Human Canaries are what’s left after the signs from wildlife and nature weren’t respected, but we’re not long for this earth either, unless there are some significant changes in people’s daily habits – yes, things everyone can start to do RIGHT NOW!
Let’s start with some hashtags:
#HumanCanaries #EnvironmentalSensitivities #EarthDay #EarthDay2021 #MotherEarth #ChemicalSensitivity #MCS #EHS #IAQ #EnvironmentalHealth #air #water #disabilities #ScentFree #FragranceFree #BeFragranceFree #NonToxic #StopTheKill
Then move on to some science and other research (with apologies for the formatting, I really hate wordpress now):
Continue reading →
Posted in Action, Environmental Health, Environmental Sensitivities, Human Rights, Policy, Public Health
Tagged accessibility barriers, autoimmune, cancer, cleaning products, emissions, essential oils, Fragrance, fragrance-free, hazardous products, IAQ, laundry products, MCS, MCS/ES, personal care products, pharmaceuticals, plastic, Pollution, scent free, science, toxic trespass, VOCs, Water
Get something stinky
as a gift?
Don’t toss it
on the street
or in the trash.
Don’t regift it
to a friend
Don’t donate it
to a charity.
Do send a message
loud and clear!
Now’s the time Continue reading →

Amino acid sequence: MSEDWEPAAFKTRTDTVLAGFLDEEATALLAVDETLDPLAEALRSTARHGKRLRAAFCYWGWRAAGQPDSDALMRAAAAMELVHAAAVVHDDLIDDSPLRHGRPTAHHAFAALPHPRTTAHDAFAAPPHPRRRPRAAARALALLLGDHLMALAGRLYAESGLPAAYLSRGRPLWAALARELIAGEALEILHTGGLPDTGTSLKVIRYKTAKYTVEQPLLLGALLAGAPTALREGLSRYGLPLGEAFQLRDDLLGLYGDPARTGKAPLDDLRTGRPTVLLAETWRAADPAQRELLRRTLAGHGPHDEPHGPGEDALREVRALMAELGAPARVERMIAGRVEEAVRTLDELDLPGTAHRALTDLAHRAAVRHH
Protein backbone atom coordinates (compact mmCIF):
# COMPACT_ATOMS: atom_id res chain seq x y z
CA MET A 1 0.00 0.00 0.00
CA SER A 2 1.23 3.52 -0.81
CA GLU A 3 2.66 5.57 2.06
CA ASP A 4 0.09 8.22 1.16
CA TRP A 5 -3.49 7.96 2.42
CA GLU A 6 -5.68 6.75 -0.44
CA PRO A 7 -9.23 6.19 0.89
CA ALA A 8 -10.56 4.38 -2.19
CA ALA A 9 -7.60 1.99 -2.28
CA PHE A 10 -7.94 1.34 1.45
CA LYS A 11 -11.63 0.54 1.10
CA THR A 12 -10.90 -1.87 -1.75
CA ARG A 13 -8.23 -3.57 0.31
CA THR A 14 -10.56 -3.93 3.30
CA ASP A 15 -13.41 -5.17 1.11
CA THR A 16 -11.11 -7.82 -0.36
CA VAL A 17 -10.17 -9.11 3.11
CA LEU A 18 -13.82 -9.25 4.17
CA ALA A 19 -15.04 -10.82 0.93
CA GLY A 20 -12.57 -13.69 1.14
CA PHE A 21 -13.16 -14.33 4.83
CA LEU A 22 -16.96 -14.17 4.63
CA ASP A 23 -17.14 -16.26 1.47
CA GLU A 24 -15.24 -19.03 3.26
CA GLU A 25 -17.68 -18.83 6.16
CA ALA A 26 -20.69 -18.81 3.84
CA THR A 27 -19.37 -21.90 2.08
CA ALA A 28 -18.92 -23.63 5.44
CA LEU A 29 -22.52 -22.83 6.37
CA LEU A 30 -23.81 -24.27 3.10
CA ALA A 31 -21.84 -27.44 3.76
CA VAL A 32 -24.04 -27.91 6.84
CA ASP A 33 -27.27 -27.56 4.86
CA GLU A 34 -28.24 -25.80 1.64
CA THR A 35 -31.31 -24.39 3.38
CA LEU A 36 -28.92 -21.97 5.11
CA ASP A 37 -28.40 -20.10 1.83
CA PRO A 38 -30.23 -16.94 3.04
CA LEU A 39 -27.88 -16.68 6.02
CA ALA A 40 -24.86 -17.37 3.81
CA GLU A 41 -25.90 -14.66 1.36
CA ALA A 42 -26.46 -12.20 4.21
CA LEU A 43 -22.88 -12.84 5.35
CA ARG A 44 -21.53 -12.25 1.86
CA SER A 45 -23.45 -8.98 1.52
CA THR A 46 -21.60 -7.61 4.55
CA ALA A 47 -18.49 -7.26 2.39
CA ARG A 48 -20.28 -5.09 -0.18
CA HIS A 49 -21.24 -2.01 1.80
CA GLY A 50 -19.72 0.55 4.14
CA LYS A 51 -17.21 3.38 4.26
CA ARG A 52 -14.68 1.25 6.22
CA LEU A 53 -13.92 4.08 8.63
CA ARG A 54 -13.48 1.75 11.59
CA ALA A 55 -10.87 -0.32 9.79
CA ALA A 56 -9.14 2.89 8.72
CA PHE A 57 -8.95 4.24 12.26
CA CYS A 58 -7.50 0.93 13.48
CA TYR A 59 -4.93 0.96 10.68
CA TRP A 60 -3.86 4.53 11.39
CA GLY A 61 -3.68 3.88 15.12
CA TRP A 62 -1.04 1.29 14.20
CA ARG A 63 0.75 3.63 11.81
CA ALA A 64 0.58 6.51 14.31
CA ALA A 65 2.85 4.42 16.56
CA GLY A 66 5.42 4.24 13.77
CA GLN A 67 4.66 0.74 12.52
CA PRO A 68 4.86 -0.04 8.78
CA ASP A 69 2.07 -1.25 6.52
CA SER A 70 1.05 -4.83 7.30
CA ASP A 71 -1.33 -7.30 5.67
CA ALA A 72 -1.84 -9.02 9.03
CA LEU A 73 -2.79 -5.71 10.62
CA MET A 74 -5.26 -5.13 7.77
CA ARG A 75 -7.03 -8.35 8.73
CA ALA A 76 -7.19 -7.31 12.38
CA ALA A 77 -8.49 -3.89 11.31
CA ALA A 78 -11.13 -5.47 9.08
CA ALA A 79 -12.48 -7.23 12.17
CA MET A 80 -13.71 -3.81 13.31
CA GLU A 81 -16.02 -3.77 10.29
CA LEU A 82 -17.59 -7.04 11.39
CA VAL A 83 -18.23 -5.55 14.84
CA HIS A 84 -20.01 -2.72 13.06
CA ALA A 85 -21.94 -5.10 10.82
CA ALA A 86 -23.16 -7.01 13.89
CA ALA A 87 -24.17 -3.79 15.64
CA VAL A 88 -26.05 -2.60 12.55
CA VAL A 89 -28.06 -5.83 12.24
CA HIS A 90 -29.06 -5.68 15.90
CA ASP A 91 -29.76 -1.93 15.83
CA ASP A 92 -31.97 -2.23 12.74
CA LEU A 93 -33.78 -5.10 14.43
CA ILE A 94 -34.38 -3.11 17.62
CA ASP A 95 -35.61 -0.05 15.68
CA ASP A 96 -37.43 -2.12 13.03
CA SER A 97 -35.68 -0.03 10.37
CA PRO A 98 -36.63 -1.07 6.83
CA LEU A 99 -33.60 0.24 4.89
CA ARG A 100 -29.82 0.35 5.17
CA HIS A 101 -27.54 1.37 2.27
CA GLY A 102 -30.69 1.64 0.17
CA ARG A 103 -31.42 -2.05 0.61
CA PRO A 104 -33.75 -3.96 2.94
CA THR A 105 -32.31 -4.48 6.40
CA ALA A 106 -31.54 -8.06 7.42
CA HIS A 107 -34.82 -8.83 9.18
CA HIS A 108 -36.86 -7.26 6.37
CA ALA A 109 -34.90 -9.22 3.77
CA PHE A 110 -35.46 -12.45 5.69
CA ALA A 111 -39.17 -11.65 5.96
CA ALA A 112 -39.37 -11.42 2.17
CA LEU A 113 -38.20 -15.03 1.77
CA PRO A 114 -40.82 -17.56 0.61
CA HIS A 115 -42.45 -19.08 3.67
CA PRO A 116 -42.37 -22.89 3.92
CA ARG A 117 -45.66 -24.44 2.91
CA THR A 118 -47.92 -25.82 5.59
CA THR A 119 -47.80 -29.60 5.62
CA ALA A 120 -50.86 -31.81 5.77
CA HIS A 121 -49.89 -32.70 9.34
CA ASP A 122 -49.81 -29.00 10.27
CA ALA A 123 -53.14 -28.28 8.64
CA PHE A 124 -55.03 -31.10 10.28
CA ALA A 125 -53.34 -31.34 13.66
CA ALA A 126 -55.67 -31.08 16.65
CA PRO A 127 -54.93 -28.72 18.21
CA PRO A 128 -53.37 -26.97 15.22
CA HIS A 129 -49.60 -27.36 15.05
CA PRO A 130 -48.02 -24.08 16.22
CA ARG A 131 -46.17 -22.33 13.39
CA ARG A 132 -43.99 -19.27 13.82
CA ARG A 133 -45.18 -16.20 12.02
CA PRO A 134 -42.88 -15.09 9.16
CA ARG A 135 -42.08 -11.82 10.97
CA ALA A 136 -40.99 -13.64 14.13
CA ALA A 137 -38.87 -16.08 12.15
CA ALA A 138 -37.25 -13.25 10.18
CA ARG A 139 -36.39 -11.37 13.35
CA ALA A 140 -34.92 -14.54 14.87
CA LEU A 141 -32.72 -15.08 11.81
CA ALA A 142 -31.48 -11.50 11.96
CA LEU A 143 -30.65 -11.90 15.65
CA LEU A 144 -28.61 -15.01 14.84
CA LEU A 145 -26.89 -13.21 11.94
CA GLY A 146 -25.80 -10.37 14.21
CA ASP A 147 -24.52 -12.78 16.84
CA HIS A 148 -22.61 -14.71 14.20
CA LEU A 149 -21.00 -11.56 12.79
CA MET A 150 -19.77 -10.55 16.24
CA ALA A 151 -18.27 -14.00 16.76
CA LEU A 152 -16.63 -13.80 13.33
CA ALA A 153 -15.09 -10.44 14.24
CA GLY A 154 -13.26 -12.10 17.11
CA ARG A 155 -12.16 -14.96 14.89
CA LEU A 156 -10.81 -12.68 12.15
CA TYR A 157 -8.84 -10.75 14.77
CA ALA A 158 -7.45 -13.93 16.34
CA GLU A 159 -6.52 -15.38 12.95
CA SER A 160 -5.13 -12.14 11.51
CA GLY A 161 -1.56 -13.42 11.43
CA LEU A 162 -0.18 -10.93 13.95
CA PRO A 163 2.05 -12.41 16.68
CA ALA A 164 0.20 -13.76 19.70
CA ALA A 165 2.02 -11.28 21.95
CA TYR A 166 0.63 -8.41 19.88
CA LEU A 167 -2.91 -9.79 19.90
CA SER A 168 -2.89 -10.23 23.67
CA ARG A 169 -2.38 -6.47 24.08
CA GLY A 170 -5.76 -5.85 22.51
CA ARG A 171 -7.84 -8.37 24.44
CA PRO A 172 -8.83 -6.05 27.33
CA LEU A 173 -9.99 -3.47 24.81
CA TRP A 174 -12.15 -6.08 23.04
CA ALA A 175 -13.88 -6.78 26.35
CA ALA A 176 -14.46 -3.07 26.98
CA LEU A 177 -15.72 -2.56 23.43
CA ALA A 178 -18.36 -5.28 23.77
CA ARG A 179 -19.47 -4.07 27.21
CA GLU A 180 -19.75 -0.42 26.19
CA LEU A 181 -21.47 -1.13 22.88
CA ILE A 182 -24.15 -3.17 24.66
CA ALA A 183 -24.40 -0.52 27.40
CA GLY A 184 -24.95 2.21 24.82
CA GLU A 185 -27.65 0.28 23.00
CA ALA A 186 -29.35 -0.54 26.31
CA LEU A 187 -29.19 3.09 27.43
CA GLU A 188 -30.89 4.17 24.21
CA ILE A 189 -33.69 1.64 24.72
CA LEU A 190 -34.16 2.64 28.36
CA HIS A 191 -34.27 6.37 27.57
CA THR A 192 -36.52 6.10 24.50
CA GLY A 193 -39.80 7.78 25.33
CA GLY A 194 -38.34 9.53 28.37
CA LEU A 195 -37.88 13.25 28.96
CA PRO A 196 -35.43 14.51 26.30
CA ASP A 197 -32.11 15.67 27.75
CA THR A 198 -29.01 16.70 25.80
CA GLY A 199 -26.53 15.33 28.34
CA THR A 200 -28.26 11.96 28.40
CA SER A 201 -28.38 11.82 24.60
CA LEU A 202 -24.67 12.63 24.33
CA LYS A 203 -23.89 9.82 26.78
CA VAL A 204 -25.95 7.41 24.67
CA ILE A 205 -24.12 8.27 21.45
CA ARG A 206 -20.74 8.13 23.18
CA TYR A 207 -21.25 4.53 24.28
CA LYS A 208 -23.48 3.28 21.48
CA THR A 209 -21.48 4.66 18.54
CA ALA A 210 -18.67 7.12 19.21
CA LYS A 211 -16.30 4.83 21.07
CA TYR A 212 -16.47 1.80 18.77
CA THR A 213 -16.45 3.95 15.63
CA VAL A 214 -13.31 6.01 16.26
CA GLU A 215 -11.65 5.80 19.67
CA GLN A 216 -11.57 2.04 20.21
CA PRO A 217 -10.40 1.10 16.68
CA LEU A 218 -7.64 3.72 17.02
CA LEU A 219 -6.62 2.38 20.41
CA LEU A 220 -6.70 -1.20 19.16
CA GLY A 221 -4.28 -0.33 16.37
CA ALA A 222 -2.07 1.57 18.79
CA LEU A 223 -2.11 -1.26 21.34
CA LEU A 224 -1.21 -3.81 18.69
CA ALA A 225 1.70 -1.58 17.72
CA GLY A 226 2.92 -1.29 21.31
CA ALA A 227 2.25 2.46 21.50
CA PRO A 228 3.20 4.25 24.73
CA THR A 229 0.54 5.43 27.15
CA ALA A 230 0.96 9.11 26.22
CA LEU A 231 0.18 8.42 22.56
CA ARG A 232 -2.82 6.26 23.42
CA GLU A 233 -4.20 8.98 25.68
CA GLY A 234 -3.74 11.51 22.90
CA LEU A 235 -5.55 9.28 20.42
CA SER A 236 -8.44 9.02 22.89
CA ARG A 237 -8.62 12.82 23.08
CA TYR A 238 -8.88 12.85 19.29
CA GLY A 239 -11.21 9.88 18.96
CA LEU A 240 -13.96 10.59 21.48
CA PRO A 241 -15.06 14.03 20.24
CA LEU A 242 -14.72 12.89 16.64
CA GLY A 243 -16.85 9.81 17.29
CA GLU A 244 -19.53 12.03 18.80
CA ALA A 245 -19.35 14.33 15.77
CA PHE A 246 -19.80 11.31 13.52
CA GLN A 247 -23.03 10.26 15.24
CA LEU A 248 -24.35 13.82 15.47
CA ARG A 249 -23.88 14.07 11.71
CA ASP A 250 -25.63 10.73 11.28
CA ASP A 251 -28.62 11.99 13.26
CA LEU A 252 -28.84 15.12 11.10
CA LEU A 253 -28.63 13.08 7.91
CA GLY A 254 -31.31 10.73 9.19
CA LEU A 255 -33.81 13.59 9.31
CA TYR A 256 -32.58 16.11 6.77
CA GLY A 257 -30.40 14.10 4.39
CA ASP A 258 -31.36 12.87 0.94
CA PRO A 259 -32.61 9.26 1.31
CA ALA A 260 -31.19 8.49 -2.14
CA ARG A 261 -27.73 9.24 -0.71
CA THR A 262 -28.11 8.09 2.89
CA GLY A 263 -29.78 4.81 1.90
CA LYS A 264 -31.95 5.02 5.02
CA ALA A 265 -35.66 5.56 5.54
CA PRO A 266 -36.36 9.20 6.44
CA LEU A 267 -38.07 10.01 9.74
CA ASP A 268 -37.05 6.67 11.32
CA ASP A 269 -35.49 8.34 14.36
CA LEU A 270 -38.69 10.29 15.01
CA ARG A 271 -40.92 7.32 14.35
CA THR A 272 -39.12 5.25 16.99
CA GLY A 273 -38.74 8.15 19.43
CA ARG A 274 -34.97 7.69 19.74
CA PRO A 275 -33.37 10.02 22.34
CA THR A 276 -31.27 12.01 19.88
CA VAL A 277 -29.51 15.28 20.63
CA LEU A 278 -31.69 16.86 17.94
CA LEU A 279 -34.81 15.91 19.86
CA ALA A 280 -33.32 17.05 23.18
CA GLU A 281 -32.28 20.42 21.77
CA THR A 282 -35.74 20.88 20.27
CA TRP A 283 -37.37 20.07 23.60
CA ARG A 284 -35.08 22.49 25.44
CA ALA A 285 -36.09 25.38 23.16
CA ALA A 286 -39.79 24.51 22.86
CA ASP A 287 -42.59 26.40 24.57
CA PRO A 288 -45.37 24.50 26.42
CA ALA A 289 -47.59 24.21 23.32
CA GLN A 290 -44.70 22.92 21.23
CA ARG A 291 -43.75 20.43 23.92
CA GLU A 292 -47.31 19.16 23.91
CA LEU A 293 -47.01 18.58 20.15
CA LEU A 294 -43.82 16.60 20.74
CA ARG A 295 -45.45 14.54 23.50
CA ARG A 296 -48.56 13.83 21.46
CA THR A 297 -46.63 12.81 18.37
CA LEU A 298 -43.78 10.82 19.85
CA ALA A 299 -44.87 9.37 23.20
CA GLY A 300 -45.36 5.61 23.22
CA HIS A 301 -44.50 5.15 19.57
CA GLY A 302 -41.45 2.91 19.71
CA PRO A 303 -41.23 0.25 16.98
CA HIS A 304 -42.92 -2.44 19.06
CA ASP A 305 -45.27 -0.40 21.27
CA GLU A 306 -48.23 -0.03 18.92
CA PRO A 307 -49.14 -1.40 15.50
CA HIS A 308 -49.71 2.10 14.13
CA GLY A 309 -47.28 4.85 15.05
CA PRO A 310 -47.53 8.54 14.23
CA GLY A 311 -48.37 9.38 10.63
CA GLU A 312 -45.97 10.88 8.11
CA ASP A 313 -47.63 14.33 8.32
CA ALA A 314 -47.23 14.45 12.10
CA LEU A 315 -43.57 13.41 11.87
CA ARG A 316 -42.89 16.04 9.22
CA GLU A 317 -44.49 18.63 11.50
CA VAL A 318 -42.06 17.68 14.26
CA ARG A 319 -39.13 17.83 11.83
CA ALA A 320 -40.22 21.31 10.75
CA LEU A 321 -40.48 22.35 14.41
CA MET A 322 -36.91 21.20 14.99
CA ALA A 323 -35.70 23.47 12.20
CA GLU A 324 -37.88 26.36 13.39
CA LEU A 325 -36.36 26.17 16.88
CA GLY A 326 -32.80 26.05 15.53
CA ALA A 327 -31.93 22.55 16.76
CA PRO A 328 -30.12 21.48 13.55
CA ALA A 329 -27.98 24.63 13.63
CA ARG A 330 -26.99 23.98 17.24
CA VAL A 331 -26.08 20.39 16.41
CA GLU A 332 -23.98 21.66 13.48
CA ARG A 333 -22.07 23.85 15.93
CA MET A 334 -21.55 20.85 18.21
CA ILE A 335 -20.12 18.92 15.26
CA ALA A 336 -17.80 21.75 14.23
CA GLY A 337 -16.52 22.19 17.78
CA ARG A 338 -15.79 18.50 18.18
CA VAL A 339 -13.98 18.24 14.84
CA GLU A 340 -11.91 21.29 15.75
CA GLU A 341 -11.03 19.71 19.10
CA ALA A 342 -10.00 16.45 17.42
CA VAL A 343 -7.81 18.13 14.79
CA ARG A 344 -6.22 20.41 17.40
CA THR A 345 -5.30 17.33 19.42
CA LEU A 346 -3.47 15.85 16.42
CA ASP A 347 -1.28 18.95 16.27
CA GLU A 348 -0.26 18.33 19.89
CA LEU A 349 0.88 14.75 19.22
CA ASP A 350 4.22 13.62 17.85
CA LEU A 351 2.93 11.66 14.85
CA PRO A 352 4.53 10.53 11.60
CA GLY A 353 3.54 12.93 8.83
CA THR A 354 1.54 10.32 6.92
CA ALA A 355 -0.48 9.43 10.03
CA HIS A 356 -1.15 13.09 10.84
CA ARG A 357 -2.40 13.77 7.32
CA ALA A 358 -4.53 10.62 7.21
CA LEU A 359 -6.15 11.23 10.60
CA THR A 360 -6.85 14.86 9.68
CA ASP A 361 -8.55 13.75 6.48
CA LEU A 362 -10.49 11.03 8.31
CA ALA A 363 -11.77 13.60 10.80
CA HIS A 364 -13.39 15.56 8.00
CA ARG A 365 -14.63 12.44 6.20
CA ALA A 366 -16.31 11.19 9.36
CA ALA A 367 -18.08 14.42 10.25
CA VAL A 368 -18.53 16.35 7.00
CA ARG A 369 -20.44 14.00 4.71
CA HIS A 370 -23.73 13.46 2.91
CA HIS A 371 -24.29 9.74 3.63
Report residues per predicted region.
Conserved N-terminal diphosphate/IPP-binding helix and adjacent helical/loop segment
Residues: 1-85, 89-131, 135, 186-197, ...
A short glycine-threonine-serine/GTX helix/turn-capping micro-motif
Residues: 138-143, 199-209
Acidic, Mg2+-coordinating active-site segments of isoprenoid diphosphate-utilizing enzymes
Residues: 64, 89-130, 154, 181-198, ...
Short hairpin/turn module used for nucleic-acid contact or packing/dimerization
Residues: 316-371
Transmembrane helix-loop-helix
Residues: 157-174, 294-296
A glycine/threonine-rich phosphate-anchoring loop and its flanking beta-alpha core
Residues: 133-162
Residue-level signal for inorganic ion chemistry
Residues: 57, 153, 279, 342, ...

Posted in Air Quality, Chemicals, climate change, Environmental Health, Gifts, Pollution, Products
Tagged #ReturnToVendor, allergies, asthma, cancer, chemical sensitivity, fragrance chemicals, hazardous air pollutants, health, IAQ, MCS, petrochemicals, phthalates, plastic, toxic chemicals, VOCs
Thanks Global and 16 x 9 for looking into this.
Current chemical regulations don’t come close to protecting our health, or the health of the people who have to work with them on a daily basis.
Life (and health) really needs to be prioritized over profits. There is no good reason to allow anyone to profit while polluting or causing others to suffer. Why not have industries making things that that contribute to health and well-being?
I agree with The Science and Environmental Health Network: “Regulating hazardous waste is always problematic. The basic premise is flawed: make products that are toxic and regulate the production, sales and disposal of those products. A far better approach is based on the precautionary principle: make products out of safe materials, require producer take-back of products. Search for the best alternatives to toxic chemicals and establish zero waste policies.”